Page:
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MMS Resources / Merchant Management Systems To Pay $365,000 To Settle EEOC Sex Harassment Suit

Female Employees Subjected to Egregious Sexual Harassment and Retaliation if They Complained About Misconduct, Federal Agency Charges

LOUISVILLE, Ky.  – MMS Resources, Inc., also known as Merchant Management Systems Inc., an  Ashland, Ky., company that processes credit card payments, will pay $365,000 to  settle a sexual harassment lawsuit filed by the U.S. Equal Employment  Opportunity Commission (EEOC), the agency announced today.

According to the EEOC=s suit, MMS’s owner and president, Pat Reed, sexually  harassed a class of female employees.  The EEOC contended the quid pro  quo sexual harassment ranged from sexual comments and touching up to and  including coerced sexual intercourse. Reed  also threatened retaliation against the women if they should protest the  harassment, the EEOC charged. The women  were threatened with losing their jobs, raises, promotions or other employment  opportunities in the community, according to the EEOC.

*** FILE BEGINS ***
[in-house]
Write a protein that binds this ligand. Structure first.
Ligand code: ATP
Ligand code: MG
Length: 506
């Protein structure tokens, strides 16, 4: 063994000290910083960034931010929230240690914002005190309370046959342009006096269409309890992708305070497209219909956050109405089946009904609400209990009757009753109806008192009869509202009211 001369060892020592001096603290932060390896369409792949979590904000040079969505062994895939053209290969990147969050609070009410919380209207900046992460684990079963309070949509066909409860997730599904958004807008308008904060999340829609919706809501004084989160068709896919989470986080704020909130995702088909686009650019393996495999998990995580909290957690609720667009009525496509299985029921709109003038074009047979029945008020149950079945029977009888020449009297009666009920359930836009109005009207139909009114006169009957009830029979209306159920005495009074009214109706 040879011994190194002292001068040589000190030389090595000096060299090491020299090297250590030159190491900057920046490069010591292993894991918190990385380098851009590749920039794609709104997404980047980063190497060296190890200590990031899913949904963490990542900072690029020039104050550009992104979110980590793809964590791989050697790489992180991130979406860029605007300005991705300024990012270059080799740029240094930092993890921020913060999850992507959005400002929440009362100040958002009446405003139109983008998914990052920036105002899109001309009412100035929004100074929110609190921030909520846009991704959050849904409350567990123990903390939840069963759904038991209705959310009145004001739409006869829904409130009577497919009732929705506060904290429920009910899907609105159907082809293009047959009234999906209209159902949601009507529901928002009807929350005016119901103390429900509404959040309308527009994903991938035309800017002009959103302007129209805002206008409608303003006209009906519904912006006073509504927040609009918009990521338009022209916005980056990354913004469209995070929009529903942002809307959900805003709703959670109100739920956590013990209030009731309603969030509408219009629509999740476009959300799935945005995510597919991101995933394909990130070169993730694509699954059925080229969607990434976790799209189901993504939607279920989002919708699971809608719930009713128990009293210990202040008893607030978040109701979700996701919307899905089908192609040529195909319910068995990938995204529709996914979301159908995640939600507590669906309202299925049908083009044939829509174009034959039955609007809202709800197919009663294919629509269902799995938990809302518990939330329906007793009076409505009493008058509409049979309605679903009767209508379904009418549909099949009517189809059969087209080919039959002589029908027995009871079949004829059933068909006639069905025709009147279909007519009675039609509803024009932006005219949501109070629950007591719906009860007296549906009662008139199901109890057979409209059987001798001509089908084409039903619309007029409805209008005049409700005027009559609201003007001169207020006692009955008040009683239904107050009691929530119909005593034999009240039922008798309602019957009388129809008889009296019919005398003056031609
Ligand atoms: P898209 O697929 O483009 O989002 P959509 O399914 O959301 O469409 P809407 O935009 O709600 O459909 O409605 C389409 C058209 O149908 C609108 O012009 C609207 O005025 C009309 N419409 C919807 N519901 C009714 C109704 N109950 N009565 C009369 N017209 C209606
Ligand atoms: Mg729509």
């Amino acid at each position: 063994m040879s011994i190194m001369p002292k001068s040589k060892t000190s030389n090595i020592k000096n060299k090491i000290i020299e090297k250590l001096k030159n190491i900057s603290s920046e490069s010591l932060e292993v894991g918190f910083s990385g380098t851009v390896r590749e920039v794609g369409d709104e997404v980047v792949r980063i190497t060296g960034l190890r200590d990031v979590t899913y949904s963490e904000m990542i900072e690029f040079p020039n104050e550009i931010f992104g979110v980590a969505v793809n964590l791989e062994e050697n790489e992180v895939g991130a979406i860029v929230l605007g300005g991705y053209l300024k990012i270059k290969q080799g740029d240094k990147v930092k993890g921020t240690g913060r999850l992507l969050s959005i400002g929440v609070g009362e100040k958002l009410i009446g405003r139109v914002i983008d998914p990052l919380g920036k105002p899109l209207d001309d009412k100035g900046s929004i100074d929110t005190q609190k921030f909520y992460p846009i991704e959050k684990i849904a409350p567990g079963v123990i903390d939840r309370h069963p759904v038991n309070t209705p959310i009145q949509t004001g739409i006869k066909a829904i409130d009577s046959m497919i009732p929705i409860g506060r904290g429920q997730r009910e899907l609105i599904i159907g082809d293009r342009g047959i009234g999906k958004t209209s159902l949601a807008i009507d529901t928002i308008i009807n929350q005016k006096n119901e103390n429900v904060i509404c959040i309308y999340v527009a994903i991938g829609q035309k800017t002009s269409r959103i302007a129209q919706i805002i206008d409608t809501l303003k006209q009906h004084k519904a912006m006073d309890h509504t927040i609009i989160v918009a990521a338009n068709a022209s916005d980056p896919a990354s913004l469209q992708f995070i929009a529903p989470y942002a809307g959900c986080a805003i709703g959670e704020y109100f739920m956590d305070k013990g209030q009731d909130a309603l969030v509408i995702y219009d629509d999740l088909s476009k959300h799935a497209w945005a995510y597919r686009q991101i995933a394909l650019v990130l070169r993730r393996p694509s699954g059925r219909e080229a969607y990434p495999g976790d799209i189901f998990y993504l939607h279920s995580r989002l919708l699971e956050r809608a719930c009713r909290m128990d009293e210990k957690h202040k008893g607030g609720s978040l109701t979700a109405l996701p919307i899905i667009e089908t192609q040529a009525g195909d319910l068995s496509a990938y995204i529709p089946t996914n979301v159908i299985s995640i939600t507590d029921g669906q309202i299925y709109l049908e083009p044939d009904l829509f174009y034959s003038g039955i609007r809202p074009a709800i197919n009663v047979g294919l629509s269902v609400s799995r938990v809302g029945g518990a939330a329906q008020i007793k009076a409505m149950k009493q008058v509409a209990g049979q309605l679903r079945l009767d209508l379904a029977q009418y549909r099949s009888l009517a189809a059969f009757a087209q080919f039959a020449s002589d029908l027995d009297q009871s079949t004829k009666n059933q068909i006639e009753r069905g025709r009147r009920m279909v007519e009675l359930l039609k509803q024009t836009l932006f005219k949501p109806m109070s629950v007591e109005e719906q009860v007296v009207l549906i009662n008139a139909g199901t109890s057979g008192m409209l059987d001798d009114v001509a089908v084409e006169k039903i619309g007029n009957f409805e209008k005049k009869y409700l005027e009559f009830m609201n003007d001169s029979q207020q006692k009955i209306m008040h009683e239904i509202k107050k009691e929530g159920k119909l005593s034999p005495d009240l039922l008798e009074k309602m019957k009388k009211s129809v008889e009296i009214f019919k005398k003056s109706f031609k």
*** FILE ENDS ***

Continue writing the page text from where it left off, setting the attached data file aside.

Such alleged conduct violates Title VII of the Civil Rights  Act of 1964. The EEOC filed suit (EEOC  v. Merchant Management Systems, Inc.), Civil Action No. 10-cv-00064-HRW) in  U.S. District Court for the Eastern District of Kentucky, Northern Division,  after first attempting to reach a voluntary settlement out of court through  its conciliation process.

MMS Resources agreed to a two-and-one-half-year consent  decree and to pay $365,000 in compensation to 11 sexual harassment victims. MMS Resources filed for bankruptcy during the  pendency of this lawsuit. Pat Reed  further agreed that should he found or own a business during the duration of  the consent decree, that business will create a sexual harassment policy  prohibiting sexual harassment of employees and institute a training program for  all employees concerning the requirements of Title VII’s prohibition of sexual  harassment in the workplace.

“Employees should be free from  harassment based upon their gender, and those who complain about such misconduct  should not be in fear of losing their jobs,” said Webster N. Smith, district director  of the EEOC’s Indianapolis District Office, which has jurisdiction for Kentucky.

The EEOC is responsible for  enforcing federal laws that prohibit employment discrimination. Further information is available at